Thanks ya'll. I guess the title was a *little* "tongue-in-cheek". :)
I kept bees a several years ago, I've got a couple of colonies still hanging out in some old boxes. Honey bees are a macro-organism, in that it takes all of them to exist...with out one part of the colony it dies...without a queen, without workers, without drones...it will eventually die. Honey bees emerge from their cell begging for food...that is their introduction to the cold facts of life...soon they are working, and advance from one job to the next. Nobody tells them nor shows them what to do...some of the jobs are complex, others simple, some self-sacrificing. In the summer a worker bee may live only six weeks, working herself to death. *All* the workers are female, the males (drones) are only there for breeding...they breed, leave part of themselves in the queen and fall to the ground to die. The queen breeds only one time, maybe over a period of a couple of days but many times only on one day. She may breed with several drones. She has enough fertile eggs afterwards to lay hundreds of thousands of eggs for several years (she can live multiple years whereas the workers and drones usually don't live a year at the most). If the queen dies and a new queen hasn't been created then eventually some of the workers (females) may start laying eggs...the problem is that all of these eggs will be males/drones and the colony begins to dwindle (not enough workers) and all those ladies start getting more mean.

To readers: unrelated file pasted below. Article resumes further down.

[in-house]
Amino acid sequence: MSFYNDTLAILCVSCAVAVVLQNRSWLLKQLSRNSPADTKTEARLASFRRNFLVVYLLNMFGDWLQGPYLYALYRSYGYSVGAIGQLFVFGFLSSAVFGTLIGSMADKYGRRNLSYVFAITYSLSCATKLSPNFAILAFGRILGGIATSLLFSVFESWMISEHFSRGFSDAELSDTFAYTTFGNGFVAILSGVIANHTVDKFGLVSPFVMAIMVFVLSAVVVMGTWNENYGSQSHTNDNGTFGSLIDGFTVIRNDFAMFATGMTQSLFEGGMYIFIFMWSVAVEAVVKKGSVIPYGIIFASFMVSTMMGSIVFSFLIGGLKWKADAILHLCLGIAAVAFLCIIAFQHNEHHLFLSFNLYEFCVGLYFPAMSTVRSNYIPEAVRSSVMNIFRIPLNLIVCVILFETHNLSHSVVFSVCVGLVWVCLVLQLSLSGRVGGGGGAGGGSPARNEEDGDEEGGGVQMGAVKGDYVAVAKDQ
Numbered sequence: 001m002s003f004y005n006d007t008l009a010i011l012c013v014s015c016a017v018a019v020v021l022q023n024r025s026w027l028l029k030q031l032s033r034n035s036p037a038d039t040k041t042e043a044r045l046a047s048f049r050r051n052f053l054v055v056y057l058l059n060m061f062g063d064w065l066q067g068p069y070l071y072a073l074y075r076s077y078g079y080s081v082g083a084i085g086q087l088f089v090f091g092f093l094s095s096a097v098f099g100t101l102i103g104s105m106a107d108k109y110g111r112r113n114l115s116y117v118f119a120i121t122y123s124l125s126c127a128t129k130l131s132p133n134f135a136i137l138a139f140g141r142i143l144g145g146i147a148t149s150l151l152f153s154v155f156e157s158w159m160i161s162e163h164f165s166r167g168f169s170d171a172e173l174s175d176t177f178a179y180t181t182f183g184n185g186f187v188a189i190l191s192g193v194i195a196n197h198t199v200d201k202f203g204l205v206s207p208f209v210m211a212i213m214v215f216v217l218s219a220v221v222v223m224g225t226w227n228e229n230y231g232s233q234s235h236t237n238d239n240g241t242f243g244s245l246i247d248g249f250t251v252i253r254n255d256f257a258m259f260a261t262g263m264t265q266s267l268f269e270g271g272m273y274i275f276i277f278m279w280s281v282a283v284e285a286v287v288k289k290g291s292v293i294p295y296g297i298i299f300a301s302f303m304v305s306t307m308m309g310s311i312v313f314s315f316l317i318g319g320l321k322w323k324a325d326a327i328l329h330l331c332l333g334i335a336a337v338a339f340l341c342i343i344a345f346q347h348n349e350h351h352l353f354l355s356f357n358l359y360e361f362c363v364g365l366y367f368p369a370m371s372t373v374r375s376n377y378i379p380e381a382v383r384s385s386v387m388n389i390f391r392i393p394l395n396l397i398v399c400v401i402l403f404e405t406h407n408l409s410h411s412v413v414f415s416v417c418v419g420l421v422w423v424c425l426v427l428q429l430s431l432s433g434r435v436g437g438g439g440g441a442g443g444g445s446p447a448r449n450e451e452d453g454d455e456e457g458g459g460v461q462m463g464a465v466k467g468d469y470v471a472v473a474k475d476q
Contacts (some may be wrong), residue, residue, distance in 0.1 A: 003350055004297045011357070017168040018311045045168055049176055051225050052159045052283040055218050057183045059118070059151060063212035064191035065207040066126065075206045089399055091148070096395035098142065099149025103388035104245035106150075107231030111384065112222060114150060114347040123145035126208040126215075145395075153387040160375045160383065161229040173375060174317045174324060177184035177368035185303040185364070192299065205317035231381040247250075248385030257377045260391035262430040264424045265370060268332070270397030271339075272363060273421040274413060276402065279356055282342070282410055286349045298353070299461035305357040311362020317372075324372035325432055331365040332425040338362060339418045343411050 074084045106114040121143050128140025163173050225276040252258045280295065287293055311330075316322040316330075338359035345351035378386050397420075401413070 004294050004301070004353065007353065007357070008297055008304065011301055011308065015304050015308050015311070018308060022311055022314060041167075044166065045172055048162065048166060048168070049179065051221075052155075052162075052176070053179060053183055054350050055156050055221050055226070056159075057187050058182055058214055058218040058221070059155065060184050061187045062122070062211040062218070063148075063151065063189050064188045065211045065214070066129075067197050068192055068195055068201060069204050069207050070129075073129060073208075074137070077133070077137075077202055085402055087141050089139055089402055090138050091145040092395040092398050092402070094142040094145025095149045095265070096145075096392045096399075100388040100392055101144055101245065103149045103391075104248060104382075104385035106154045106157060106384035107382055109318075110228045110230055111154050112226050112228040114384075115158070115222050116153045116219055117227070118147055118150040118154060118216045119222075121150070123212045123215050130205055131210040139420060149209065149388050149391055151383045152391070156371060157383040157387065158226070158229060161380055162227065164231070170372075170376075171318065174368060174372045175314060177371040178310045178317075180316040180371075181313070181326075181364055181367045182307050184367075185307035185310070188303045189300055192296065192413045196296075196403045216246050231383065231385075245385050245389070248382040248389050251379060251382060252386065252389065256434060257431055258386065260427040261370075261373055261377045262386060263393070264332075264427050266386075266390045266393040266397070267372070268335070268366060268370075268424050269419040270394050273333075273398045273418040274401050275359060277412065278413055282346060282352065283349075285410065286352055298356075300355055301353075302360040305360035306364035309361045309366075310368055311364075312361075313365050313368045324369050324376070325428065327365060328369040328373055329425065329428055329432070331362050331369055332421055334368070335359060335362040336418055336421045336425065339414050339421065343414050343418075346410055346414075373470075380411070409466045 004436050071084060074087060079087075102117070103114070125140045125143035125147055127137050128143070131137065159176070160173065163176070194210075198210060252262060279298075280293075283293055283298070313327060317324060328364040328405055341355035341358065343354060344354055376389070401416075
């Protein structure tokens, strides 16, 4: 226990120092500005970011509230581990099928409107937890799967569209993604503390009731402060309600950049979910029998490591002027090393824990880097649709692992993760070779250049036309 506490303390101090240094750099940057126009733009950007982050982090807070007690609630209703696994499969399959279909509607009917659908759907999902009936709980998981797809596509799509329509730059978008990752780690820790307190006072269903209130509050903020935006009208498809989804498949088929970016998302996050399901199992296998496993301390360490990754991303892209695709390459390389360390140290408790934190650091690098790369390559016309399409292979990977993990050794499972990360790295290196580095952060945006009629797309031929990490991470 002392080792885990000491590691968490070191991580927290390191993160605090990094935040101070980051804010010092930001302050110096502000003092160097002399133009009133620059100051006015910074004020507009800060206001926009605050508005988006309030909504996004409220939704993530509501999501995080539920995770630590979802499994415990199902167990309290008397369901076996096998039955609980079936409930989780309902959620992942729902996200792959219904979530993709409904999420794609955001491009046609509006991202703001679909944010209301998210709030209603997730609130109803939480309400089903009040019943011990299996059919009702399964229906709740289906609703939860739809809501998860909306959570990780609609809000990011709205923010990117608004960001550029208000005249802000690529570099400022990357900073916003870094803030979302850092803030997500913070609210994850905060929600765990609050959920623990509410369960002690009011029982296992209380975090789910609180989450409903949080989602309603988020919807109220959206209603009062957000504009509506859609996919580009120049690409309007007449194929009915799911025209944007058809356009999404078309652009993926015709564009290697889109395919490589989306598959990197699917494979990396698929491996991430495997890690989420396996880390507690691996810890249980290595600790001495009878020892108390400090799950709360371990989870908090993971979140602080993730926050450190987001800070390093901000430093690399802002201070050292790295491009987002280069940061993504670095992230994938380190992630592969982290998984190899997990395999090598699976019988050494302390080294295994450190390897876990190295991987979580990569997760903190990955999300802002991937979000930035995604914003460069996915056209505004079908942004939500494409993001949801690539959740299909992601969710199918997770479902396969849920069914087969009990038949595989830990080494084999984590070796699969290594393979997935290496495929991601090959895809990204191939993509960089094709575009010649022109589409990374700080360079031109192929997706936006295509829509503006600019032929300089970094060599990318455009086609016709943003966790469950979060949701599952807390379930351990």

Eventually the colony dies. The drones are really bums...all they do is go to a spot maybe a mile or so away and hang out all day waiting for a virgin queen to fly up so they can breed with her....it's like a ball of bees chasing one single bee. Interestingly, these areas are known to the bees...they're called a "Drone Congregation Area". A virgin queen that has just left the hive for her once-in-a-lifetime breeding flight knows where to go....very mysterious, eh?
When the queen comes back from breeding she never leaves the hive again, rather than flying she if the "runner" of the hive...traveling over the combs continuously laying eggs in the warm months and huddled within the cluster of bees in the cold of winter enjoying the warmth from "heater bees". Only if a swarm happens will she ever leave...another story.